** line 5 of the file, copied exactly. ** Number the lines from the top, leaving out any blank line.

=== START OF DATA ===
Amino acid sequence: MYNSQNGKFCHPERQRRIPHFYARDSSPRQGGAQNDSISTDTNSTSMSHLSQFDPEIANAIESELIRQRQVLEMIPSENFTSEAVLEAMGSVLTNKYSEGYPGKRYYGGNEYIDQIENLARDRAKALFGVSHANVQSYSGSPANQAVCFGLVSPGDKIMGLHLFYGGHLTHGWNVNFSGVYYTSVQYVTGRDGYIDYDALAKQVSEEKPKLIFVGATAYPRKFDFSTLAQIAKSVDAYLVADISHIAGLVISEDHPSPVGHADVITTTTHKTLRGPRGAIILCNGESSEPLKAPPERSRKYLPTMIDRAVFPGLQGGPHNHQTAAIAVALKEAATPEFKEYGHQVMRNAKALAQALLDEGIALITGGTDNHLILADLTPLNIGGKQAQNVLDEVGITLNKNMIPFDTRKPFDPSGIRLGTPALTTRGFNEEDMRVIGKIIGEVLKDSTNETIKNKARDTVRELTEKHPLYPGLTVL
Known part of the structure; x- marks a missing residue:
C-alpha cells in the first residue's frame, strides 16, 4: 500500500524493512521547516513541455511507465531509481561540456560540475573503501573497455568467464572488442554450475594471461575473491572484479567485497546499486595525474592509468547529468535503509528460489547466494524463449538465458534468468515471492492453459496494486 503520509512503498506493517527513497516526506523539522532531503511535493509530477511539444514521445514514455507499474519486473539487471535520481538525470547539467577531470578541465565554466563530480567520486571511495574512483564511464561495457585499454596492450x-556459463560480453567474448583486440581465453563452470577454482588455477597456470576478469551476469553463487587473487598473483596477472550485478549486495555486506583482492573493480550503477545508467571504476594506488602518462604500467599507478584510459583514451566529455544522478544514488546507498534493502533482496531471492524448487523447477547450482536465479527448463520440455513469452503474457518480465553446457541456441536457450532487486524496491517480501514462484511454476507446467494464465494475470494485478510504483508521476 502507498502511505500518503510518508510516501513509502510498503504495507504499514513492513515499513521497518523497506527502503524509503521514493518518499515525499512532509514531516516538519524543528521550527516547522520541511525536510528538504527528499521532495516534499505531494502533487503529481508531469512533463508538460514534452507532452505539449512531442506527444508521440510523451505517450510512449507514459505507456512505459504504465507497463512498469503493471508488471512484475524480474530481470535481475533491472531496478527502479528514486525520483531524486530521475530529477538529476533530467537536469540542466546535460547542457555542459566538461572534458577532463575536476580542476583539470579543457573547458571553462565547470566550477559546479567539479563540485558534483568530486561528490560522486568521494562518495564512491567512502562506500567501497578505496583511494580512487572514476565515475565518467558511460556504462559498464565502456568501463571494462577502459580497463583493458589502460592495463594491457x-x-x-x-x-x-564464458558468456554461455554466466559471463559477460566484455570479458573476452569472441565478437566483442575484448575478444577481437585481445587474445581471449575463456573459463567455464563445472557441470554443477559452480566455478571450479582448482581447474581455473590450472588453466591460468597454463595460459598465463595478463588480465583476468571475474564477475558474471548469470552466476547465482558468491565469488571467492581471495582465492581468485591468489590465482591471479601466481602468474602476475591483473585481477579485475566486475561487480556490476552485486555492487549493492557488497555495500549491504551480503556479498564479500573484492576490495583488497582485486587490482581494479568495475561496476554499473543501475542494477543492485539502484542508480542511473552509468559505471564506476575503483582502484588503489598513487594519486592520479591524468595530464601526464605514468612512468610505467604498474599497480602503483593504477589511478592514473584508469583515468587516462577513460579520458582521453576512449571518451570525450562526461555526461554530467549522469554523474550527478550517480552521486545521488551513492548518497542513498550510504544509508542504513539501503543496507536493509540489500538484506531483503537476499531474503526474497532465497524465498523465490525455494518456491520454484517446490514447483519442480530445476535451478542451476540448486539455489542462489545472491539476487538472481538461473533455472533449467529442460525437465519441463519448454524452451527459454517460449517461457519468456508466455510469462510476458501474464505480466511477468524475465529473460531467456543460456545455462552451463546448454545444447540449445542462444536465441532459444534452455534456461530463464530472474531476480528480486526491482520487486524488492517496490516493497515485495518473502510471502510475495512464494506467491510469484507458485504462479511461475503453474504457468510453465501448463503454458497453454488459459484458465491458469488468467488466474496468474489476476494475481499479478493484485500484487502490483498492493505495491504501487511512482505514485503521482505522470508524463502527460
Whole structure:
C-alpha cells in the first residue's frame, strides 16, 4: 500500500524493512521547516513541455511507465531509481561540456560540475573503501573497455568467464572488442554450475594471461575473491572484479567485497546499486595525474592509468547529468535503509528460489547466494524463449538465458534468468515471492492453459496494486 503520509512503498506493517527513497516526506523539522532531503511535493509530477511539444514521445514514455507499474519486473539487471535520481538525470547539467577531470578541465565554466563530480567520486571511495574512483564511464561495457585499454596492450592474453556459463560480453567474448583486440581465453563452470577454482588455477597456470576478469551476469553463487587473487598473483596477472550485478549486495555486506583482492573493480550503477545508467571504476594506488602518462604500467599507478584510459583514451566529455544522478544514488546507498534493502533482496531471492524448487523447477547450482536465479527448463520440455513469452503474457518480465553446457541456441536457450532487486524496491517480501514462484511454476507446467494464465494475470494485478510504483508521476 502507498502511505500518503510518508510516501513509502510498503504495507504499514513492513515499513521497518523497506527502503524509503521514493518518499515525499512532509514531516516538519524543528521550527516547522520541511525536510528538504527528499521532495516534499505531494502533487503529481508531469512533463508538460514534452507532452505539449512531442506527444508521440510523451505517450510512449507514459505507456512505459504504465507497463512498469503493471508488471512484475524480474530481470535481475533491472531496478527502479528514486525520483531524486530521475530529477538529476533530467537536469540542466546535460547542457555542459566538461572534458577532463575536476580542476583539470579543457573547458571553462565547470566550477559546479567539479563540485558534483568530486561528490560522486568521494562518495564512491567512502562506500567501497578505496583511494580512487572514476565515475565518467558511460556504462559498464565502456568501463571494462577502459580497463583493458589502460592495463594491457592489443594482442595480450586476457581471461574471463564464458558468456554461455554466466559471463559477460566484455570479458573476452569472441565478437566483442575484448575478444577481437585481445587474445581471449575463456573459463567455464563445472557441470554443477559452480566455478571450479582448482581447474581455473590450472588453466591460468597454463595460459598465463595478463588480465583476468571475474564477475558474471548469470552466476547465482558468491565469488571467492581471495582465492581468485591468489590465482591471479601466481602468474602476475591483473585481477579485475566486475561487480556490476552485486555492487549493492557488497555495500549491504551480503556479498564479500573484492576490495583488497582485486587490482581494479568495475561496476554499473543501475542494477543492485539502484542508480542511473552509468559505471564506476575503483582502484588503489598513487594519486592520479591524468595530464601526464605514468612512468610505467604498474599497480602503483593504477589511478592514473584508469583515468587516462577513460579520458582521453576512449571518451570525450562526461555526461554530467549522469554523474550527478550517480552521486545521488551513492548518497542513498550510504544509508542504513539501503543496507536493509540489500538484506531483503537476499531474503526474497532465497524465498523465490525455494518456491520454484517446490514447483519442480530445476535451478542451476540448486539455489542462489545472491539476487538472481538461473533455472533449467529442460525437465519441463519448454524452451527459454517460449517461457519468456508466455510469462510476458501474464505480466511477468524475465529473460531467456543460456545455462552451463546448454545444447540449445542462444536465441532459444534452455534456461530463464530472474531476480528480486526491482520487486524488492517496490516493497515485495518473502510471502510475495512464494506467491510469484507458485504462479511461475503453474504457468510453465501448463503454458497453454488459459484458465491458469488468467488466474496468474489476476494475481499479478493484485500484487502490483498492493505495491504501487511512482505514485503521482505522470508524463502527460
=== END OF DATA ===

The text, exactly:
C-alpha cells in the first residue's frame, strides 16, 4: 500500500524493512521547516513541455511507465531509481561540456560540475573503501573497455568467464572488442554450475594471461575473491572484479567485497546499486595525474592509468547529468535503509528460489547466494524463449538465458534468468515471492492453459496494486 503520509512503498506493517527513497516526506523539522532531503511535493509530477511539444514521445514514455507499474519486473539487471535520481538525470547539467577531470578541465565554466563530480567520486571511495574512483564511464561495457585499454596492450592474453556459463560480453567474448583486440581465453563452470577454482588455477597456470576478469551476469553463487587473487598473483596477472550485478549486495555486506583482492573493480550503477545508467571504476594506488602518462604500467599507478584510459583514451566529455544522478544514488546507498534493502533482496531471492524448487523447477547450482536465479527448463520440455513469452503474457518480465553446457541456441536457450532487486524496491517480501514462484511454476507446467494464465494475470494485478510504483508521476 502507498502511505500518503510518508510516501513509502510498503504495507504499514513492513515499513521497518523497506527502503524509503521514493518518499515525499512532509514531516516538519524543528521550527516547522520541511525536510528538504527528499521532495516534499505531494502533487503529481508531469512533463508538460514534452507532452505539449512531442506527444508521440510523451505517450510512449507514459505507456512505459504504465507497463512498469503493471508488471512484475524480474530481470535481475533491472531496478527502479528514486525520483531524486530521475530529477538529476533530467537536469540542466546535460547542457555542459566538461572534458577532463575536476580542476583539470579543457573547458571553462565547470566550477559546479567539479563540485558534483568530486561528490560522486568521494562518495564512491567512502562506500567501497578505496583511494580512487572514476565515475565518467558511460556504462559498464565502456568501463571494462577502459580497463583493458589502460592495463594491457592489443594482442595480450586476457581471461574471463564464458558468456554461455554466466559471463559477460566484455570479458573476452569472441565478437566483442575484448575478444577481437585481445587474445581471449575463456573459463567455464563445472557441470554443477559452480566455478571450479582448482581447474581455473590450472588453466591460468597454463595460459598465463595478463588480465583476468571475474564477475558474471548469470552466476547465482558468491565469488571467492581471495582465492581468485591468489590465482591471479601466481602468474602476475591483473585481477579485475566486475561487480556490476552485486555492487549493492557488497555495500549491504551480503556479498564479500573484492576490495583488497582485486587490482581494479568495475561496476554499473543501475542494477543492485539502484542508480542511473552509468559505471564506476575503483582502484588503489598513487594519486592520479591524468595530464601526464605514468612512468610505467604498474599497480602503483593504477589511478592514473584508469583515468587516462577513460579520458582521453576512449571518451570525450562526461555526461554530467549522469554523474550527478550517480552521486545521488551513492548518497542513498550510504544509508542504513539501503543496507536493509540489500538484506531483503537476499531474503526474497532465497524465498523465490525455494518456491520454484517446490514447483519442480530445476535451478542451476540448486539455489542462489545472491539476487538472481538461473533455472533449467529442460525437465519441463519448454524452451527459454517460449517461457519468456508466455510469462510476458501474464505480466511477468524475465529473460531467456543460456545455462552451463546448454545444447540449445542462444536465441532459444534452455534456461530463464530472474531476480528480486526491482520487486524488492517496490516493497515485495518473502510471502510475495512464494506467491510469484507458485504462479511461475503453474504457468510453465501448463503454458497453454488459459484458465491458469488468467488466474496468474489476476494475481499479478493484485500484487502490483498492493505495491504501487511512482505514485503521482505522470508524463502527460